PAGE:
When bringing a lawsuit for a declaratory judgment of non-infringement of a patent, careful pleading may allow plaintiffs to avoid the restrictions against later seeking inter partes review (IPR) of that patent, while also litigating patent invalidity in district court. This was the approach followed by a declaratory judgment (DJ) plaintiff in a recent spat with a patentee.
Epic Games originally filed a complaint for declaratory judgment of non-infringement—but not of invalidity—challenging several of Acceleration Bay’s patents. After Acceleration Bay filed its counterclaims of patent infringement, Epic Games filed counterclaims-in-reply seeking declaratory judgment of patent invalidity (of the same patents that were the subject of the original complaint). Acceleration Bay moved to strike Epic Games’ invalidity counterclaims-in-reply. Acceleration Bay argued that allowing Epic Games’ invalidity counterclaims-in-reply would be an end-run around the rules governing the availability of IPRs.
In analyzing the motion to strike, the court noted that there are two statutes that prevent an accused infringer from taking a “second bite at the apple” after challenging the validity of a patent at the district court. First, under 35 U.S.C. § 315(a)(1), no IPR may be instituted if, prior to filing its petition, the petitioner sought a declaratory judgment of invalidity of the challenged patent. Second, under 35 U.S.C. § 315(b), no IPR may be instituted if the petition was filed more than one year after the petitioner (or a real party-in-interest or privy) was served with a complaint alleging infringement of the challenged patent.
In analyzing the issues, the court noted that Section 315(a)(3) states that a counterclaim challenging the validity of a patent claim “does not constitute a civil action challenging the validity of a claim of a patent” for purpose of Section 315(a)(1). The court also noted the Patent Trial and Appeal Board (PTAB) has held that counterclaims-in-reply are not subject to the bar under § 315(a)(3) because they are not “civil actions” challenging validity. See Canfield Scientific, Inc. v. Melanoscan, LLC, IPR2017-02125 Paper 15, 2018 WL 1628565, at *2-3 (PTAB Mar. 30, 2018).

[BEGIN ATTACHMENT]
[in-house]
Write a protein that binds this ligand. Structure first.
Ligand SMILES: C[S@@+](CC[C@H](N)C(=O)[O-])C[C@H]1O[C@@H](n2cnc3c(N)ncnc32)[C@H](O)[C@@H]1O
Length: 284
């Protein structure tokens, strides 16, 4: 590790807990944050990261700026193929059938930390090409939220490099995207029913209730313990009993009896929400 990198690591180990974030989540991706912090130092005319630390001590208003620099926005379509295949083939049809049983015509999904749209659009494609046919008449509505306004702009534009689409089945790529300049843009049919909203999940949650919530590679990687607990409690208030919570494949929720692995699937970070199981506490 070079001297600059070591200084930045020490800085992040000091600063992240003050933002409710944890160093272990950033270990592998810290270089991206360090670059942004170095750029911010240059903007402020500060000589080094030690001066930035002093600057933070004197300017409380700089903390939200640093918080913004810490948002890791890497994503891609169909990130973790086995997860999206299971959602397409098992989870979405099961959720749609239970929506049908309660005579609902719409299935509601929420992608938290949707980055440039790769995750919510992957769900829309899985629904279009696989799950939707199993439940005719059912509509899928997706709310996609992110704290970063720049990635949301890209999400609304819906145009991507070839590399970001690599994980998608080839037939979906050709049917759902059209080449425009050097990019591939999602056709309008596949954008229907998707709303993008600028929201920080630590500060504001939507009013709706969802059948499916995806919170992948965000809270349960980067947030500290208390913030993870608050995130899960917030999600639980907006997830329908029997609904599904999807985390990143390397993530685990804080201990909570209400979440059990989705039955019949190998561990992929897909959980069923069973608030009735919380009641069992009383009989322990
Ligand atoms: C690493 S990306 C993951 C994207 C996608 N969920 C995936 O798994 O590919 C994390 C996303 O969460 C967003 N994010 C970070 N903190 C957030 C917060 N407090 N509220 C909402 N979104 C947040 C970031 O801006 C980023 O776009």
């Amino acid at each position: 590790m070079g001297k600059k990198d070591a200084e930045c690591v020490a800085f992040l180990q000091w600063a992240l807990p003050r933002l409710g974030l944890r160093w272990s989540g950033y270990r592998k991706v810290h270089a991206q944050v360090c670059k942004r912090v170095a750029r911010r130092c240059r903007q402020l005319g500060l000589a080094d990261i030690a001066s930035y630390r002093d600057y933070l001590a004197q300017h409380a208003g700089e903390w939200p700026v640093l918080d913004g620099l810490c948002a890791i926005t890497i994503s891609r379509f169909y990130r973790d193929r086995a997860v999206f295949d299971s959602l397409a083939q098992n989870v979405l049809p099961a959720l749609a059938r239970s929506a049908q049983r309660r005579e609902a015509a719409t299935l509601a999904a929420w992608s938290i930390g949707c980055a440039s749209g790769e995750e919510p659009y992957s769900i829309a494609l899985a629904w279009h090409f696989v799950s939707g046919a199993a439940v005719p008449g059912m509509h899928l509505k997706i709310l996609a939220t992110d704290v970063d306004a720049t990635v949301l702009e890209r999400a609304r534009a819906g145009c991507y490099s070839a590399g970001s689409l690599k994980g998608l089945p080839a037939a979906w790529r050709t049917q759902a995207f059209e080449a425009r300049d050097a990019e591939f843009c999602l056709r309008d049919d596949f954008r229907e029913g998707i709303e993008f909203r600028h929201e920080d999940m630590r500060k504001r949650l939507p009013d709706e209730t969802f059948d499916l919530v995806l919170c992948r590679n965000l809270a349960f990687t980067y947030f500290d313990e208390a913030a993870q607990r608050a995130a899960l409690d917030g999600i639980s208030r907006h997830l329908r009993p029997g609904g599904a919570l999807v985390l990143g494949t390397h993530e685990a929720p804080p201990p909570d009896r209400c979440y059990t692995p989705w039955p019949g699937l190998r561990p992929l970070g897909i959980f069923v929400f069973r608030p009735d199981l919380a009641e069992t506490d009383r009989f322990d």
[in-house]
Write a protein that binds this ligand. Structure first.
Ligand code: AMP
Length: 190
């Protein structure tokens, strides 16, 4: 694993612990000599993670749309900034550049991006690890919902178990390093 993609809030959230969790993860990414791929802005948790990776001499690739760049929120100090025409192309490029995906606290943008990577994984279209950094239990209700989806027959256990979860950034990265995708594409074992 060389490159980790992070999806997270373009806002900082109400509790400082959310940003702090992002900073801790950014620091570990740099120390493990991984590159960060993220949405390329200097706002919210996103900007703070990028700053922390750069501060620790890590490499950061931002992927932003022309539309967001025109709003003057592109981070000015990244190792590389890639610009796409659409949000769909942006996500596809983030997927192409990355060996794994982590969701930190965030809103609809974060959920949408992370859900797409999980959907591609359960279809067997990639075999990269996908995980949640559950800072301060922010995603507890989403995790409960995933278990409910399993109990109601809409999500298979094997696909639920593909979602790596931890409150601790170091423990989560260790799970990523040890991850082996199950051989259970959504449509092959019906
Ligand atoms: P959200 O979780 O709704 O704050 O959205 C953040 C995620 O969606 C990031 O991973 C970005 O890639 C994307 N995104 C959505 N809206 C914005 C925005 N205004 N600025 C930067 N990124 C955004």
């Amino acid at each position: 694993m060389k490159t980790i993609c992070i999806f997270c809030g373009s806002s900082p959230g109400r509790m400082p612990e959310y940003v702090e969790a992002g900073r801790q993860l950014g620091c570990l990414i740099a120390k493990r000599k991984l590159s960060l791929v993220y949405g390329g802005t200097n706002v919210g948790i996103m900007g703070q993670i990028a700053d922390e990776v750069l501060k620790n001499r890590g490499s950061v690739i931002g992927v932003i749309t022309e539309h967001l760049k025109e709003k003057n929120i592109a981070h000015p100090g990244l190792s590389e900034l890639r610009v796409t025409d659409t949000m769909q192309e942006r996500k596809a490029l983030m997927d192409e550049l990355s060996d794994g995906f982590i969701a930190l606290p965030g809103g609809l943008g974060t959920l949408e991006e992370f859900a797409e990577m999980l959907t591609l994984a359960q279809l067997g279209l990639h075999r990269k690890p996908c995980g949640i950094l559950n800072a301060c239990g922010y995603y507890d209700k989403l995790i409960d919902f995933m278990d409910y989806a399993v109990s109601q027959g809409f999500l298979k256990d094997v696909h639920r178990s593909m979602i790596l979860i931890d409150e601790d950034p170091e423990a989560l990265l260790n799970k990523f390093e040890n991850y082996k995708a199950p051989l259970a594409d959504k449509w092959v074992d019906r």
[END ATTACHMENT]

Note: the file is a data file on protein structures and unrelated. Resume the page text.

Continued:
Ultimately, the court allowed Epic Games’ invalidity counterclaims-in-reply. The court reasoned that striking them would be futile because the court was going to hear the invalidity challenges through Epic Games’ affirmative defenses anyway.
In its penultimate paragraph, the court explicitly recognized that by allowing the invalidity counterclaims-in-reply, Epic Games was able to take advantage of an “apparent loophole” left by the statutory scheme governing IPRs. The court stated that “unlike a patent infringement defendant (which cannot bring an IPR more than one year after being sued) or a declaratory judgment plaintiff seeking a judgment of invalidity (which cannot seek an IPR at all), a declaratory judgment counterclaimant faces no apparent restrictions on seeking an IPR.” According to the court, this result could, in theory, allow a declaratory judgment counterclaimant to fully litigate the issue of patent validity in the district court, lose on the issue, and then seek a “redo” before the PTAB “while being subject to no estoppel or time limit whatsoever.” The court recognized that this result cannot be reconciled with the clear congressional intent to limit the availability of IPRs to litigants, but that issue is “one for Congress to resolve.”
Practice Tip: Potential infringers who wish to litigate validity in district court—while keeping intact their ability to challenge patentability at the PTAB—should consider seeking first a declaratory judgment of non-infringement. If that case proceeds, the patent holder will have to file a counterclaim of infringement or lose its ability to bring such a claim. That will allow the declaratory judgment plaintiff to litigate validity either through affirmative defenses in its answer to that compulsory counterclaim, or through declaratory judgment counterclaims-in-reply, neither of which—according to this district court decision—should foreclose a later petition for IPR.
Epic Games, Inc. v. Acceleration Bay LLC, 4-19-cv-04133 (N.D. Cal. Apr. 1, 2020)